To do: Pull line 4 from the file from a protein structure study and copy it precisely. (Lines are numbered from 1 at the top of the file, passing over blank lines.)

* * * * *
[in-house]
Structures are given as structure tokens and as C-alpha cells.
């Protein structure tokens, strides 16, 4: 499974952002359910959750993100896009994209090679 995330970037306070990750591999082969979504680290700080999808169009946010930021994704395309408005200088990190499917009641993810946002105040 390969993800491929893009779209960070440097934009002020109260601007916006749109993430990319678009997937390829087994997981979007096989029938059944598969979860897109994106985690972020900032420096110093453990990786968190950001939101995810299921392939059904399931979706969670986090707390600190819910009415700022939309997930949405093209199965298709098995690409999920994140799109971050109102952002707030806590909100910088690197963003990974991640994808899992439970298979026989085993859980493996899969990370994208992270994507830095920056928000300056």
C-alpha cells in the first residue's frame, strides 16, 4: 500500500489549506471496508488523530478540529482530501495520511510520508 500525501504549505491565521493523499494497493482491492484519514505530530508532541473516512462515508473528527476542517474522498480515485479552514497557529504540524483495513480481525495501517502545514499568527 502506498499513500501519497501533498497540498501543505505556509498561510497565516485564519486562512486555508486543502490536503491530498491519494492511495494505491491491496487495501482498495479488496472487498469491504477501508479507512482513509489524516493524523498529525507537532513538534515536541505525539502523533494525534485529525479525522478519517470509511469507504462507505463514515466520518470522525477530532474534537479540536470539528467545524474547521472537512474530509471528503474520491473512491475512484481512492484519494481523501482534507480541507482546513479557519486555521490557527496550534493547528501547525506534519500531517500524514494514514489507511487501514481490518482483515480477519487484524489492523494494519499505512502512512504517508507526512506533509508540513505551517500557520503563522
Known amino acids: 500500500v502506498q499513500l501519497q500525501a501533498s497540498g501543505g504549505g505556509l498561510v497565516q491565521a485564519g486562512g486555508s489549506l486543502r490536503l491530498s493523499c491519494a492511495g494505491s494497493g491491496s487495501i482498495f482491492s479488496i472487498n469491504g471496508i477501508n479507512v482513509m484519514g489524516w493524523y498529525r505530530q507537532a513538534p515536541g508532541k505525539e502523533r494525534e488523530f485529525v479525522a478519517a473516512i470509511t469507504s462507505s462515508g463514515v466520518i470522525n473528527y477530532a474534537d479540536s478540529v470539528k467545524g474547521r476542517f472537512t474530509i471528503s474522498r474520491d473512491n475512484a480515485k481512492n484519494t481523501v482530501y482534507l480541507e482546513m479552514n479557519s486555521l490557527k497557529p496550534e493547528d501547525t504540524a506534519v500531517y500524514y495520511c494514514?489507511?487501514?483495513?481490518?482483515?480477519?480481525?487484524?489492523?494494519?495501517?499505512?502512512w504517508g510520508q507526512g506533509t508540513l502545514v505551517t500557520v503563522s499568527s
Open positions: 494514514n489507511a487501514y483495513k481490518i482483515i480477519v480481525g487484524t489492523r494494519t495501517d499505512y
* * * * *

C-alpha cells in the first residue's frame, strides 16, 4: 500500500489549506471496508488523530478540529482530501495520511510520508 500525501504549505491565521493523499494497493482491492484519514505530530508532541473516512462515508473528527476542517474522498480515485479552514497557529504540524483495513480481525495501517502545514499568527 502506498499513500501519497501533498497540498501543505505556509498561510497565516485564519486562512486555508486543502490536503491530498491519494492511495494505491491491496487495501482498495479488496472487498469491504477501508479507512482513509489524516493524523498529525507537532513538534515536541505525539502523533494525534485529525479525522478519517470509511469507504462507505463514515466520518470522525477530532474534537479540536470539528467545524474547521472537512474530509471528503474520491473512491475512484481512492484519494481523501482534507480541507482546513479557519486555521490557527496550534493547528501547525506534519500531517500524514494514514489507511487501514481490518482483515480477519487484524489492523494494519499505512502512512504517508507526512506533509508540513505551517500557520503563522